Amazon.com: Customer Reviews: The Bond Code: The Dark World of Ian Fleming and James Bond
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Customer Reviews

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on April 5, 2008
This literary deconstruction is at least as entertaining as its subject. I compare it favorably to studies of Sir Arthur Conan Doyle with regard to autobiographical influences on his creation of literature's greatest detective, Sherlock Holmes. Ian Fleming was--like A. Conan Doyle-- a complex and jaded educated man with both a sense of history and a spiritual dark side which seem to have deliberately informed his idealized, fictional alter ego.

At the very least, Gardiner demonstrates that Fleming's James Bond adventure series is an elaborate literary conceit with private jokes and allusions Fleming didn't care whether the average reader discerned or not--which makes it even more piquant than his most devoted fans could desire. Whether one buys Gardiner's premise or not --and he seems to have done his homework--fans of the Bond oeuvre will enjoy this book. It's the thinking man's "Da Vinci Code".

On a personal note, besides having taught English, I am a retired ornithologist who worked for years in the (formerly British) West Indies. When I was starting out in my early 20's I had the great good fortune of having the REAL James Bond, THE legendary West Indian ornithologist, then living in Philadelphia in his late 80's, --as a kindly and brilliant mentor. Fleming's fictional spy caused him no end of inconvenience, ("What's your REAL name sir?" ) as recounted in a delightful informal memoir "Far Afield in the Caribbean" by Dr Bond's wife, Mary Wickham Bond. If your interest is birdwatching, the Caribbean, or the eccentricities of marriage to a field naturalist, it's worth looking up this charming, out-of-print book.
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on January 3, 2009
Leave it to Philip Gardiner to pierce the veil of Ian Fleming's James Bond series so convincingly. While I always enjoyed the adventure side of Bond movies, it was interesting to find first that Fleming played a role, a most significant role, in British intelligence, and second that he had a darker role as student of the occult. The book was an enjoyable and quick read the first time. Then I read it again as I went out and rented Casino Royale, You only live Twice and View to a Kill.
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on April 9, 2009
He talks about James Bond and Bond's Dark Side,
but doesn't really say anything. Several movie/book facts are incorrect, e.g., he talks about the "dragon" in Live and Let Die. In reality, the dragon he is describing was in Dr. No (the tank with wings and a flame thrower). If you are looking for Bond, stay away from the book: you'll be disappointed.
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on June 4, 2011
Couldn't put this book down, once i started reading it. Extensively researched life of the creator of the "James Bond" series,.. books and movies,.. Ian Flemming was a very interesting fellow.. Along with many of the Real people that he came into contact with. Alot of mysterious and interesting things were revealed in this book.
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on March 9, 2009
Inspiration has to come from somewhere. "The Bond Code: The Dark World of Ian Fleming and James Bond" takes a look behind the man behind the icon of pulp spy fiction, Ian Fleming. Touching on a long list of facts and how Fleming came across them ranging from the moniker 007, Fleming's final novel, and more, "The Bond Code" is fascinating reading to any Bond fan or any who want to understand the man behind the phenomenon.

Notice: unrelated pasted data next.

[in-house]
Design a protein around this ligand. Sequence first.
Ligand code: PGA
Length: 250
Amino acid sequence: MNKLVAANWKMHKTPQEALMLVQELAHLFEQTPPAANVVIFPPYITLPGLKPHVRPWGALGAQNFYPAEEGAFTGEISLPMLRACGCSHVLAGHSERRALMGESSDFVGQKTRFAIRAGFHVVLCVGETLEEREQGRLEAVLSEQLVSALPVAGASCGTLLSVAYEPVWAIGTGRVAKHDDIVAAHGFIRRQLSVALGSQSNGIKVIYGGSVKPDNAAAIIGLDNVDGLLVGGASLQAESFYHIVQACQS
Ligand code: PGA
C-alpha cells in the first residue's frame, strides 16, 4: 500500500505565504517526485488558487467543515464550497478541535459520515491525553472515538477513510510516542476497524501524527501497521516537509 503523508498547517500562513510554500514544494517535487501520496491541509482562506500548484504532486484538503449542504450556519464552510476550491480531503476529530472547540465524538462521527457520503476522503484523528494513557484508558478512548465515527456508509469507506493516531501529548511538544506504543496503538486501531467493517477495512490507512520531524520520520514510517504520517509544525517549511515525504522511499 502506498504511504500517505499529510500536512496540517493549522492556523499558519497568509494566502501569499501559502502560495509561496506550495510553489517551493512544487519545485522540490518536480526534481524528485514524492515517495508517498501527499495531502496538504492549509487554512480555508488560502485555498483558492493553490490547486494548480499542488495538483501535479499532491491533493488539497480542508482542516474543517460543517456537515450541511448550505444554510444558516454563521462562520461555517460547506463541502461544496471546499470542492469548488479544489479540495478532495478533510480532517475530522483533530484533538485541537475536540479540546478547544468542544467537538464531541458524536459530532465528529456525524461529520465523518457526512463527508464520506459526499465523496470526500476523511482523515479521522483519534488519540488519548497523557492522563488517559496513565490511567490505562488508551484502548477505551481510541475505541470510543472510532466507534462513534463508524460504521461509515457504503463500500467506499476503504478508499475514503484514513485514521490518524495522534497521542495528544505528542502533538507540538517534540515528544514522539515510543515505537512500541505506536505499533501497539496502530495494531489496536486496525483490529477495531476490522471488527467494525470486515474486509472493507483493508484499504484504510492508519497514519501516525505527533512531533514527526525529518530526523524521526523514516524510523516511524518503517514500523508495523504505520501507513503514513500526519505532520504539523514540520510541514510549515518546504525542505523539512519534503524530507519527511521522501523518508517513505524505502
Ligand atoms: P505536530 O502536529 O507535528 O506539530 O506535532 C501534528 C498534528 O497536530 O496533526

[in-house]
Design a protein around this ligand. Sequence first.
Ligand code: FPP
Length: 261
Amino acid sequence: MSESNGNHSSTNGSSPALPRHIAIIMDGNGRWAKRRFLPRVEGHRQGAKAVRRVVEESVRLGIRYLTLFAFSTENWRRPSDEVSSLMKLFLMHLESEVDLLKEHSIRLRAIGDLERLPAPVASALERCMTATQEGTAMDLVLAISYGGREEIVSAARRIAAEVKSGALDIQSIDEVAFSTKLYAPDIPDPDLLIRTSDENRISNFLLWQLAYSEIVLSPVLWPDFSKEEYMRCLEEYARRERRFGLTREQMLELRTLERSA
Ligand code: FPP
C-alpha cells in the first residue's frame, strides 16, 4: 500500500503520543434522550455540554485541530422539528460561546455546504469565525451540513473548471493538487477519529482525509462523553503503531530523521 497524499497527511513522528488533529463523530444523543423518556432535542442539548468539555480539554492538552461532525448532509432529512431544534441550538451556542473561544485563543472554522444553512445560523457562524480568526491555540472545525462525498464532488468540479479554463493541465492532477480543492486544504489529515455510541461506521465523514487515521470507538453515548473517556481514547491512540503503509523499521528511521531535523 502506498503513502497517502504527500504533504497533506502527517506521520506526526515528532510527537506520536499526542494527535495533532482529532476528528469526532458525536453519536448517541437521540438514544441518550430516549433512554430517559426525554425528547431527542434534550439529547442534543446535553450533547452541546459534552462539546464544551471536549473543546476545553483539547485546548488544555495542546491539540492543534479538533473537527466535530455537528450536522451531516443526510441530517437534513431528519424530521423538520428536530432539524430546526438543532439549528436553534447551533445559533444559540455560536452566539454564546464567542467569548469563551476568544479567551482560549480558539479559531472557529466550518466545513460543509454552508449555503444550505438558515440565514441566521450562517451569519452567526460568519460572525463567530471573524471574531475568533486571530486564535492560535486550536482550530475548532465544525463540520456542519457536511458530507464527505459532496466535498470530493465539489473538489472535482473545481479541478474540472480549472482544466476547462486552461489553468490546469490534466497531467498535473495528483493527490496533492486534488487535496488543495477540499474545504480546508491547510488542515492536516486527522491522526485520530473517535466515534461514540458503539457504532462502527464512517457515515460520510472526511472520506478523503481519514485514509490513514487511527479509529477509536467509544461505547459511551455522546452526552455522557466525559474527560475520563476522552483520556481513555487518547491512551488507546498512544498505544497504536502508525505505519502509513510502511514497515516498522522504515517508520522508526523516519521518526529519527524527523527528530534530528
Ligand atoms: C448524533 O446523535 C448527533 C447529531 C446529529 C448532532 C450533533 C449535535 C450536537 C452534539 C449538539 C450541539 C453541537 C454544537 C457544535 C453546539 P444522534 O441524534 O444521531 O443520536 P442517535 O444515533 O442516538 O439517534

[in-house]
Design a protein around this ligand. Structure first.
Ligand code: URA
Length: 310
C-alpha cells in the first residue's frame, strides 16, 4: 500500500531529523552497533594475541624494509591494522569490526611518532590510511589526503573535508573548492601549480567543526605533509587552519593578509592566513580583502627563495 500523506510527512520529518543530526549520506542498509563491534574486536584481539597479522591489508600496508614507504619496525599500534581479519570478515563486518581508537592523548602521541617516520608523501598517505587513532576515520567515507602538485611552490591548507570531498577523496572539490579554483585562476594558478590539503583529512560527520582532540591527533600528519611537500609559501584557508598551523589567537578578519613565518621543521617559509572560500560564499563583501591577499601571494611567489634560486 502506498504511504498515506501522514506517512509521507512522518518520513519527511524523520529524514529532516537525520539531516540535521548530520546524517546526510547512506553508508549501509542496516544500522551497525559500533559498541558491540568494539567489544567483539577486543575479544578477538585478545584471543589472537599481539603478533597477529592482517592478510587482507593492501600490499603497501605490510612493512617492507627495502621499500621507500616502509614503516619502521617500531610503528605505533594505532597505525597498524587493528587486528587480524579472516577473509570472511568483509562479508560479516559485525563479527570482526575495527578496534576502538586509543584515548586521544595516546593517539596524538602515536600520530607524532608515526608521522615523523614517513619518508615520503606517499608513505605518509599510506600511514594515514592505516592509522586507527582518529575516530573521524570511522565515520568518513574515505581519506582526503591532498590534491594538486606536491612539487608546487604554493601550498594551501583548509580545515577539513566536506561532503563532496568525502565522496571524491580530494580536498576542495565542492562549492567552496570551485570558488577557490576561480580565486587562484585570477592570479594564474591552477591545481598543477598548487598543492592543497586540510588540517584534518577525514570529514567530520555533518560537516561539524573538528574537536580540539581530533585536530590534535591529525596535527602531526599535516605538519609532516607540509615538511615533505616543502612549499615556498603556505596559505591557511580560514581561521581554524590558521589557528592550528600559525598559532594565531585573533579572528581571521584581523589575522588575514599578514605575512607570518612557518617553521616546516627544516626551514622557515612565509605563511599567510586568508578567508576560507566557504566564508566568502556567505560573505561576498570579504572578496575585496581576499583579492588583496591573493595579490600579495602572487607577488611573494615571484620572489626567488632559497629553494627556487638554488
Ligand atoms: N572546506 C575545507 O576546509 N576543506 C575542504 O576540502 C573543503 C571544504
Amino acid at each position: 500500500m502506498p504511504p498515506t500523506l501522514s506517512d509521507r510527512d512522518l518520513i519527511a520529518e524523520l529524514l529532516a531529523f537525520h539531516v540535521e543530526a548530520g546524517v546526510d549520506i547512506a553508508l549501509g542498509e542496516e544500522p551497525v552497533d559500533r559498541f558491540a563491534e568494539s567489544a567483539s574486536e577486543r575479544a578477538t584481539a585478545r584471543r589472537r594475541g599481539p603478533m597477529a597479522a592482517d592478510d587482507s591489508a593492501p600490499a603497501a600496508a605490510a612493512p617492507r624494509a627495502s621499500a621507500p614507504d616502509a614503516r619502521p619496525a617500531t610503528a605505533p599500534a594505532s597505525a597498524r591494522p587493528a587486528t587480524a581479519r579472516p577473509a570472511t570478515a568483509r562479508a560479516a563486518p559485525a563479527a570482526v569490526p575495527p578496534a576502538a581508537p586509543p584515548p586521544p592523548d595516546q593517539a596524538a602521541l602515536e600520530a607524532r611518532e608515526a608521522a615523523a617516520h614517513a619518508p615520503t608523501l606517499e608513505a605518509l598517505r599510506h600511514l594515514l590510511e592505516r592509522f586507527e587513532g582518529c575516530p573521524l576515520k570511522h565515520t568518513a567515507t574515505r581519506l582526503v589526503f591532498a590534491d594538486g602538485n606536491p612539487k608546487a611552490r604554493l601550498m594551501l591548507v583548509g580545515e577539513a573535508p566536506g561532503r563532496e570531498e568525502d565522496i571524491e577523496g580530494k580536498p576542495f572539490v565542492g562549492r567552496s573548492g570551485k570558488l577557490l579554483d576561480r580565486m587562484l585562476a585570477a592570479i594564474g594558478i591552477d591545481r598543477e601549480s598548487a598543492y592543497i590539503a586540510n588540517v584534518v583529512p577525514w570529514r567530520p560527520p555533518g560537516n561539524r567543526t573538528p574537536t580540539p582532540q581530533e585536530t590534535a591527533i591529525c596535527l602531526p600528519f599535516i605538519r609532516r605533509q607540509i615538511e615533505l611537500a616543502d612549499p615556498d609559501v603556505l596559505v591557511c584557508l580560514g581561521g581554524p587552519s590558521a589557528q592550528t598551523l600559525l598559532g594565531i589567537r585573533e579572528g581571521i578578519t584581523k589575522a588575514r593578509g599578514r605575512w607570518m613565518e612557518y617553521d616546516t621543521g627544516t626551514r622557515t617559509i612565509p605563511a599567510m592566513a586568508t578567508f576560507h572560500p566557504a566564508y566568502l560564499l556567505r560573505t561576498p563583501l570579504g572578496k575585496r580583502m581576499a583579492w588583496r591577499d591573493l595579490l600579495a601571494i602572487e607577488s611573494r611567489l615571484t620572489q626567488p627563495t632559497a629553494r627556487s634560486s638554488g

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on December 10, 2014
The devil is in the details. This tome reveals that Mr. Fleming crammed his novels with insider references to a number of subjects. This might be of value to aspiring writers everywhere.
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on February 24, 2013
This book is very good for us Bond fans as it goes into some of the
background on the placces and things used in the Bond Movies.
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on October 16, 2015
thanks my friends
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on January 20, 2010
This book was terrible, and so boring I had to skip several less-interesting chapters (of which there were many). The whole basis of it is the author's conjecture on what Fleming may or may not have been thinking and influenced by while writing Bond novels. And he keeps metioning some obscure 60's TV show, and all these odd references. Most of his basis is taking character names and the supposed origins behind them, and reading waaaaay into each one. Then he goes on and on about Fleming's supposed fascination with the occult and with alchemy. This had very little to do with James Bond, and felt like a trashing of Ian Fleming. Stay away from this book, unless of course you want to burn Fleming at the stake in Salem, this book's "theories" may make a good case for you, if any are true. Even if they are, I still don't care.
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on June 24, 2008
A five-star supersleuth masterpiece of adventure and mystery, with just the right amount of twists and turns leading to many an unexpected yet welcomed surprise at the end!

Only once in a decade does a book come along that captures me front the first page to the last one. But this is a page-turner extraordinare that you will not be able to put down until you finish it, too!

The perfect book to take on a trip in order to forget your cares for awhile in our war torn, troubled world.

A must read for the lovers of Bond, James Bond, 007!

Dr. John Jay Harper is author of Tranceformers: Shamans of the 21st Century.
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